They say dogs are man's best friend, but this labrador is much more to Kent Phyfe.

"He's my lifeline."

Phyfe is diagnosed with neurocardiogenic syncope.

"I have a traumatic brain injury that causes my heart and my electrical system to go off," he explained.

It's just one of the effects of combat the U.S. Army veteran suffers from daily, and it used to make his life a nightmare.

"I literally called my house my 'jail.' I was suicidal; I didn't want to live anymore," he said.

Phyfe said having a service dog has changed all that.

"What Mike does for me is, if I happen to go out, he hits an alarm and notifies people around me and also calls 911."

But it's the little things that Phyfe said make the biggest difference.

"Mike picks things up, opens doors for me," he explained. "I have a messed-up neck from jumping out of airplanes for a living, so he makes life much more bearable for me."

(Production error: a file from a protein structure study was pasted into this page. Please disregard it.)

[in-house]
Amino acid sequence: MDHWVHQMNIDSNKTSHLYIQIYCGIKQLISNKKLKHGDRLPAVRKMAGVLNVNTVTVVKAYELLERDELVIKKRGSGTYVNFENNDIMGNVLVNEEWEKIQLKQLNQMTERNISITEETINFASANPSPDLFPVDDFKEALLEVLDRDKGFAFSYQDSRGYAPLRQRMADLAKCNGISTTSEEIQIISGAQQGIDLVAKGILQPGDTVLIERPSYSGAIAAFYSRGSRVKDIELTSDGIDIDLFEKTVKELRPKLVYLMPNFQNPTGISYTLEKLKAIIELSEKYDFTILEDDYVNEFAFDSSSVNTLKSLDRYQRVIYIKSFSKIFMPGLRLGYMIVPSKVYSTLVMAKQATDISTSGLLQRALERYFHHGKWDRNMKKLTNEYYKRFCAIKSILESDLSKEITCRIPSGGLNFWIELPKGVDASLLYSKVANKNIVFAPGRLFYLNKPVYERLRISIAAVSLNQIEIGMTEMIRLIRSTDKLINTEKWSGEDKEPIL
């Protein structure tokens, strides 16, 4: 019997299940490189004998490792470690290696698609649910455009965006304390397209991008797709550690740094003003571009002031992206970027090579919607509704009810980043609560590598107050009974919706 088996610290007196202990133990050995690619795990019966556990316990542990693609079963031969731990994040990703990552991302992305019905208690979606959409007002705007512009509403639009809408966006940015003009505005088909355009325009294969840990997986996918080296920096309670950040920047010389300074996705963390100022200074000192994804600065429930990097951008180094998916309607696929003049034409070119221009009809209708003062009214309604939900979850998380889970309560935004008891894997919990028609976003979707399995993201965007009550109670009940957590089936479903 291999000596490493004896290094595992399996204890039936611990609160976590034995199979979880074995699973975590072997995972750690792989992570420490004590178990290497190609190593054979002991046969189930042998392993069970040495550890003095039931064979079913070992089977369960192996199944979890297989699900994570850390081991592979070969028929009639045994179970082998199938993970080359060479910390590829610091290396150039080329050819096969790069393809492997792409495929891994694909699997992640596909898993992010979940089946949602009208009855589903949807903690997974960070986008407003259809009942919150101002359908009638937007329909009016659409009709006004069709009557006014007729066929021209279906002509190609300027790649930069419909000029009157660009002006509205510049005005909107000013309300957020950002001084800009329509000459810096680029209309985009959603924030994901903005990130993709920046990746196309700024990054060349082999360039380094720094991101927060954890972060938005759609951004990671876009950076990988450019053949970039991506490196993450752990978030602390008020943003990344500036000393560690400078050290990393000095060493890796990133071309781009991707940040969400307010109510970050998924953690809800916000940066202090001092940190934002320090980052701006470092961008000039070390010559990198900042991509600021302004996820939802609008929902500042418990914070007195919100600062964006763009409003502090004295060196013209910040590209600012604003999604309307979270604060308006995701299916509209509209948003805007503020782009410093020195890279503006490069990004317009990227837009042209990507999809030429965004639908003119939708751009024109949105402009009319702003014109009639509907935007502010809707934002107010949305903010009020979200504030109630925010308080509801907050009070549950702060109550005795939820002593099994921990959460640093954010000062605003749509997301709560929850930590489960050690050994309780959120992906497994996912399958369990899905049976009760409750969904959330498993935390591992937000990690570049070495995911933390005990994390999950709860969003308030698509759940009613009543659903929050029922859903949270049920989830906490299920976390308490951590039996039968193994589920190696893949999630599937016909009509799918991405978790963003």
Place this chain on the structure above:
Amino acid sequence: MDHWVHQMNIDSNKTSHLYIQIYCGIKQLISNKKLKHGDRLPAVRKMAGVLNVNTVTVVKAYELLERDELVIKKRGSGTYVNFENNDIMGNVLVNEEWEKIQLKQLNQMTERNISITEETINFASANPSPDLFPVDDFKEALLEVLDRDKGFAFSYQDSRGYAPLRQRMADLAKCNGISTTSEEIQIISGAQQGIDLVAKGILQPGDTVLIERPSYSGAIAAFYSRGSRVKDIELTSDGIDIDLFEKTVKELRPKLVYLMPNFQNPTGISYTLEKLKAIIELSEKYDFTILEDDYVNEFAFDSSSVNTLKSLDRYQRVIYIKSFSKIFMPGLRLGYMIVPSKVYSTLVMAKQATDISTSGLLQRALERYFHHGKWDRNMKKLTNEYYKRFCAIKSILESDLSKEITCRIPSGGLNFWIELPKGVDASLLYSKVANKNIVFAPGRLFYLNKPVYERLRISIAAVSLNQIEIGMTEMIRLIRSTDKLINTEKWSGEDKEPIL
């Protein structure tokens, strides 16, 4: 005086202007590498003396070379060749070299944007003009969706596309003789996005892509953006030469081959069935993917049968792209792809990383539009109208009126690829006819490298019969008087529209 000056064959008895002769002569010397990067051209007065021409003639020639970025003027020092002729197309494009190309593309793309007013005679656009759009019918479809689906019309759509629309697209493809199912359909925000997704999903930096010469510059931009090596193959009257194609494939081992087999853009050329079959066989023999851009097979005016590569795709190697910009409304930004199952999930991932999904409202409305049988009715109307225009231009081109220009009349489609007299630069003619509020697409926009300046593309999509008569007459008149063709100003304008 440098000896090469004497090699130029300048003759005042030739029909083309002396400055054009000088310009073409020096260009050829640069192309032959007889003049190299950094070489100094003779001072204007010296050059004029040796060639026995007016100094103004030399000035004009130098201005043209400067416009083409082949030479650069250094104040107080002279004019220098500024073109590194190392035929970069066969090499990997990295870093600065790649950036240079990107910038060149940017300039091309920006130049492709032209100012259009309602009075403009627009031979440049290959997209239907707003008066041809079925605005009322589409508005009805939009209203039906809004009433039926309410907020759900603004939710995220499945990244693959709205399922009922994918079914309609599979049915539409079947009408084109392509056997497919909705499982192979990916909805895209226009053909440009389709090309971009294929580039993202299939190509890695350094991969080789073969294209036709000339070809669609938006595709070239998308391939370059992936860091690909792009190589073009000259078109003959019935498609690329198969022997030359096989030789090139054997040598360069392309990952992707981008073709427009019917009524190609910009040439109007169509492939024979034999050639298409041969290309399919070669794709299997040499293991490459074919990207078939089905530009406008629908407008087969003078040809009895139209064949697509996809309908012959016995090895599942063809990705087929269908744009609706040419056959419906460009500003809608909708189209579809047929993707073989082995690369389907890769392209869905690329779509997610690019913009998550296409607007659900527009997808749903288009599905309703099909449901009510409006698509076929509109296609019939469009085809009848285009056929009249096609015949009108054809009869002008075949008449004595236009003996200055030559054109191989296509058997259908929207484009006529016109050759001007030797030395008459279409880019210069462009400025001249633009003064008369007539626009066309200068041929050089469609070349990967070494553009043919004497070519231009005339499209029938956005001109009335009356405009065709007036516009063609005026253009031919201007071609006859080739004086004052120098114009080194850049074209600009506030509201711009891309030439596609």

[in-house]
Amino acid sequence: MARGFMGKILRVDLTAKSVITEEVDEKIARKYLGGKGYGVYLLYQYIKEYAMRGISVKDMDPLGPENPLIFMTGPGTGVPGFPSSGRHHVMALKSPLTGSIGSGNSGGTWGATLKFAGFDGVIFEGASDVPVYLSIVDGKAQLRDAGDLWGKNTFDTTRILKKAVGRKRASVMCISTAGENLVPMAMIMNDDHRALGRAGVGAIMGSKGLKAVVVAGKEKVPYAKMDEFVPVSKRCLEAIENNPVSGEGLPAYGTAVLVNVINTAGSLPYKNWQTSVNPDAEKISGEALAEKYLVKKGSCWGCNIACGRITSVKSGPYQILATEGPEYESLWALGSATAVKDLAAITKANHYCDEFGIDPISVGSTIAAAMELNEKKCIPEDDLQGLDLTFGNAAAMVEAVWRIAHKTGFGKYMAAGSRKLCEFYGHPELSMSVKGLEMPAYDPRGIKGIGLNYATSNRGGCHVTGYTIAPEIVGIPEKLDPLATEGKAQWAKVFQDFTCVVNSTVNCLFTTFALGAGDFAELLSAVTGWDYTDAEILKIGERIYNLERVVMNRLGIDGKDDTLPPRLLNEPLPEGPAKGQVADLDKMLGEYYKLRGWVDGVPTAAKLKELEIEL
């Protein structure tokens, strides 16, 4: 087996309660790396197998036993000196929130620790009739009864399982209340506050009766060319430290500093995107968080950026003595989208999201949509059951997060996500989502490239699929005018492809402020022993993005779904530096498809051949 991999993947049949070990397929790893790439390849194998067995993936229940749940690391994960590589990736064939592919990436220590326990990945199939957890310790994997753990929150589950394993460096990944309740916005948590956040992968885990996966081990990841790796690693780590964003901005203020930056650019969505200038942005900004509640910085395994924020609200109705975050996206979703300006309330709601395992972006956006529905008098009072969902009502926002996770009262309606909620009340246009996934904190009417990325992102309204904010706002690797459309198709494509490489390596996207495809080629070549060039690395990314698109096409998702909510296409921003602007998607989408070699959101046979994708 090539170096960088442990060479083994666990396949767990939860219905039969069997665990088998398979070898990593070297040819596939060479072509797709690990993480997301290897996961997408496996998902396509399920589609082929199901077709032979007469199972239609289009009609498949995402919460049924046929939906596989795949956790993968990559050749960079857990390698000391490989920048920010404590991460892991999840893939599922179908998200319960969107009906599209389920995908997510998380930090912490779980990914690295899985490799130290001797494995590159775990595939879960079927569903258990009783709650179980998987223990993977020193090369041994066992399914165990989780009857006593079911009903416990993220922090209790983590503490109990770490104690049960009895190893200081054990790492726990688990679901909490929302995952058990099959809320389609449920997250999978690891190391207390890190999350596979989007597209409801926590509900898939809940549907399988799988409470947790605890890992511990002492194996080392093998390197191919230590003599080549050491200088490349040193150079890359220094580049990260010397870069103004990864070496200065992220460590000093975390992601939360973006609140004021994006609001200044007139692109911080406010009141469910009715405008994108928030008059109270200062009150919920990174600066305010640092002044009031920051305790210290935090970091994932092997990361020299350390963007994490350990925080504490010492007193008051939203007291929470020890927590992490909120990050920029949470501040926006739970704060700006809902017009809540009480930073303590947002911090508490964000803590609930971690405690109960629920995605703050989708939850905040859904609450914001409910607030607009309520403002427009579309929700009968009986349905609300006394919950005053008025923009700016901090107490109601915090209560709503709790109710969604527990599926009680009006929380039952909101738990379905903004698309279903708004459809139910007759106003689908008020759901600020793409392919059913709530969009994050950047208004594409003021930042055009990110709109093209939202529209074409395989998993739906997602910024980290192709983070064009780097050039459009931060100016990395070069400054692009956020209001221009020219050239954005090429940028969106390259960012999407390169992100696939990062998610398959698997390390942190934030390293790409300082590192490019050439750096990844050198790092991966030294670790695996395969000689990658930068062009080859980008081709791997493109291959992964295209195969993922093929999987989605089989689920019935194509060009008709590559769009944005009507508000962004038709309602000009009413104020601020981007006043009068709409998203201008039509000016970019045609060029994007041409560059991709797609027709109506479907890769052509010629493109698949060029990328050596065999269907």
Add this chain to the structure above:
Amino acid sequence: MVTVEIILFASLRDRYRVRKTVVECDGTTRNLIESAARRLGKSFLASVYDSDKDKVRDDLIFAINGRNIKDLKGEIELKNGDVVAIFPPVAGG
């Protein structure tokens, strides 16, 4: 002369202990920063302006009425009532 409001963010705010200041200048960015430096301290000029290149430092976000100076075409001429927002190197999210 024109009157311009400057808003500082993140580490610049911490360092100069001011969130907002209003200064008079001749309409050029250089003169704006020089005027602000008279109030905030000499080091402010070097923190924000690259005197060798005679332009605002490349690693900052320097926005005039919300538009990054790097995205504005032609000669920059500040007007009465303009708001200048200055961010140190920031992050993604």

Recently, lawmakers voted to make the service dog the official dog of New York State. Wednesday, they presented a formal proclamation, and Phyfe said they couldn't have made a better choice.

"Because of the service dogs, I got my driver's license back, I got my life back, and that's what service dogs do," he said. "They give you your life back, they enhance it, and they become one of your best buddies."

Governor Andrew Cuomo also recently signed legislation that requires domestic violence shelters to house the service dogs of the people at those shelters.